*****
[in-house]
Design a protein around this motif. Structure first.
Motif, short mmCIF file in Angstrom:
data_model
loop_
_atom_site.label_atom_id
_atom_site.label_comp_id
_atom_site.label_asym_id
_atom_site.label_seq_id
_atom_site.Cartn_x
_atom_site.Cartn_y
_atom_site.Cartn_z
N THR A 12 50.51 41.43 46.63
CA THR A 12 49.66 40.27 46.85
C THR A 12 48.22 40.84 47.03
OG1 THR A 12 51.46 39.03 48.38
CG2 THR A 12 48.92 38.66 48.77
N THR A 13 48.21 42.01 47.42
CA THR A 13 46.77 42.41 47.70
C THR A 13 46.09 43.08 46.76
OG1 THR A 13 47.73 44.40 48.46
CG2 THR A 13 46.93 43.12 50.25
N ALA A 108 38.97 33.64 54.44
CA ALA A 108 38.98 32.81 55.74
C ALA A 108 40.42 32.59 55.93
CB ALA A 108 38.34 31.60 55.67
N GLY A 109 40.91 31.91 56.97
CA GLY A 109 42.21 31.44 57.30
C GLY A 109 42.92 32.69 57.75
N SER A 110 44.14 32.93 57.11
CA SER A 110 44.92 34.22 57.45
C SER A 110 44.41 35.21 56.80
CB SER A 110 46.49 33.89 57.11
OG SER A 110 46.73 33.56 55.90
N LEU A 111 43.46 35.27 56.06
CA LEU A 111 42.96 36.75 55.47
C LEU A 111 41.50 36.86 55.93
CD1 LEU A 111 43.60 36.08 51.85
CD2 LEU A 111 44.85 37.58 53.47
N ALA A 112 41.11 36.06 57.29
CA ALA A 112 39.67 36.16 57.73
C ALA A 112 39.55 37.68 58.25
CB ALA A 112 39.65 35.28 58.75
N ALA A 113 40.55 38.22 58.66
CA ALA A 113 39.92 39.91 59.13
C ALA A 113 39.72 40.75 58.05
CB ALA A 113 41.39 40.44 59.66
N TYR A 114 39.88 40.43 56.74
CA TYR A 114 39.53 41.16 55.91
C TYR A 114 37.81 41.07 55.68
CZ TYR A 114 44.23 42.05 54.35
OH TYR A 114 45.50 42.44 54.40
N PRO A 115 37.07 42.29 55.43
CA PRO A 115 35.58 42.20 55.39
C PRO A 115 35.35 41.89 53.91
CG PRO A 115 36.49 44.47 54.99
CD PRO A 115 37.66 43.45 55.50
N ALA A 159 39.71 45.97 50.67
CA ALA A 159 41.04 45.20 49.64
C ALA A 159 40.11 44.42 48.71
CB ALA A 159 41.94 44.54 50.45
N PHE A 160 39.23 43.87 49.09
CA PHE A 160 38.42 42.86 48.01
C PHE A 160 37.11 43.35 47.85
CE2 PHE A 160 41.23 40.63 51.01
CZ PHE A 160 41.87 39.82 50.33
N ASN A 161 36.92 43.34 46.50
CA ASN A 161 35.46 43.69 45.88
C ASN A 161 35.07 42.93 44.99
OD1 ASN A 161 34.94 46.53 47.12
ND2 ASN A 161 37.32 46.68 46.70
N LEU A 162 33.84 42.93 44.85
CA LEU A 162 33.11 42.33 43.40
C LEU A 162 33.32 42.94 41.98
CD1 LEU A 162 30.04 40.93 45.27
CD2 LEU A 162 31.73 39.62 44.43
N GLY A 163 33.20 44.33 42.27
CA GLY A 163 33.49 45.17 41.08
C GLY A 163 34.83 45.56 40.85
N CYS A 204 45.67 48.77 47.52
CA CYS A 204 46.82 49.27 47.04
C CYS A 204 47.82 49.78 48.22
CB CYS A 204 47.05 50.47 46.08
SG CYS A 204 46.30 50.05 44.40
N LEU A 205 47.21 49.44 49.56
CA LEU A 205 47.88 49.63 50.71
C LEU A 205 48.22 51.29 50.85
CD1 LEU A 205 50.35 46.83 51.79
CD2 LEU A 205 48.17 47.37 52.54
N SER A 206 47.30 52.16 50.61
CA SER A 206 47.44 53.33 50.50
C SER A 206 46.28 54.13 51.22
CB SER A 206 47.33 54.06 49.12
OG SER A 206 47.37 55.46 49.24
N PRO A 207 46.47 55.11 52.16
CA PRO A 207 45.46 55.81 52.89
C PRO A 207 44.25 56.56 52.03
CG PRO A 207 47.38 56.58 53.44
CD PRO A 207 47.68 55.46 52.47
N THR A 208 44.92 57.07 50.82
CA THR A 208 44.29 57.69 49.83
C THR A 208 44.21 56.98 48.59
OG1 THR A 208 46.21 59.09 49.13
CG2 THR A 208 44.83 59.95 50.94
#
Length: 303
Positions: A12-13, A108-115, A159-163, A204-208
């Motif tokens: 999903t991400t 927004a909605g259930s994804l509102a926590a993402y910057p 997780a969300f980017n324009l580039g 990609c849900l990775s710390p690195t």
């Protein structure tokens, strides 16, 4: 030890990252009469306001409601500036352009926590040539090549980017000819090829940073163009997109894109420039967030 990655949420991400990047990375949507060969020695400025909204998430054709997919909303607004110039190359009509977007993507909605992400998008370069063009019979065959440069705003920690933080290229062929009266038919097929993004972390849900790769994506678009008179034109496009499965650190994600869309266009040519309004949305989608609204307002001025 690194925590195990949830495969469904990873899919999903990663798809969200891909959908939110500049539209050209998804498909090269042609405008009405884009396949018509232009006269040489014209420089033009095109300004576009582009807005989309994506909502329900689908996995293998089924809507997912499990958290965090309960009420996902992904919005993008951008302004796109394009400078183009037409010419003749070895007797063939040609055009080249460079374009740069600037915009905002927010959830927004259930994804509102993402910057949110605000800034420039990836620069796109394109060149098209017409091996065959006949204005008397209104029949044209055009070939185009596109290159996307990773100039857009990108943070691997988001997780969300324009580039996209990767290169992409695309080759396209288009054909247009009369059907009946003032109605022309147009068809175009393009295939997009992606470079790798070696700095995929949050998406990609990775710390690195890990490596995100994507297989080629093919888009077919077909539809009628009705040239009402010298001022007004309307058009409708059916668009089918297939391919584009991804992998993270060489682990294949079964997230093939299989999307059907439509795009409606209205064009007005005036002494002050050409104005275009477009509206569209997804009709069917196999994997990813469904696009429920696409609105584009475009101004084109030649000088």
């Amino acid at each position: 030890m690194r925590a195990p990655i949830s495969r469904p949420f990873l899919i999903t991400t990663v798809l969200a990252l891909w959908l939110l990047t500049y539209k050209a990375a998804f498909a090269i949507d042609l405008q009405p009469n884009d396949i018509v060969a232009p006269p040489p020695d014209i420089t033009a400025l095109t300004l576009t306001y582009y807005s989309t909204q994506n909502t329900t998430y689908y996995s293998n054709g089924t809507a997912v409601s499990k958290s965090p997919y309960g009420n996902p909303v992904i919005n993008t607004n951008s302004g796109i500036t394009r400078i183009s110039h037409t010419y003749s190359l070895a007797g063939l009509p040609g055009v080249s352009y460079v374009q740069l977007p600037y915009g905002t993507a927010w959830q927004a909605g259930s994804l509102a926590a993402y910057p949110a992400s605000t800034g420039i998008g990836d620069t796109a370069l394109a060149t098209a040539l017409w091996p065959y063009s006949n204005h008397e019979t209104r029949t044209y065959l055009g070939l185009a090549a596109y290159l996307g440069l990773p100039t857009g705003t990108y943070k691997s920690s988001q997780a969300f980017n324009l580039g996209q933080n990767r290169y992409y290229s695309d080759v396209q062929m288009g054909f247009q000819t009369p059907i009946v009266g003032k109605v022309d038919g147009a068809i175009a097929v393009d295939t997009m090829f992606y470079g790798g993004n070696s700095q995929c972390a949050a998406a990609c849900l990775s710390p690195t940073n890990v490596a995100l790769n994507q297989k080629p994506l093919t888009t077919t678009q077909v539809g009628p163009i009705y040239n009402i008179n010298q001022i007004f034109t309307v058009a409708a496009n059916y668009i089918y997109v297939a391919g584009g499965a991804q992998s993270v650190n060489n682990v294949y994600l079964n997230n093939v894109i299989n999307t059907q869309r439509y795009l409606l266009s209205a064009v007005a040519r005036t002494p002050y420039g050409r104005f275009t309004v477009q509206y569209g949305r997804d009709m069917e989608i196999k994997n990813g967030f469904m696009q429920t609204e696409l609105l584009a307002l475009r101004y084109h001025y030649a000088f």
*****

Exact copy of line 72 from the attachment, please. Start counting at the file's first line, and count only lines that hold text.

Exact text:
N LEU A 162 33.84 42.93 44.85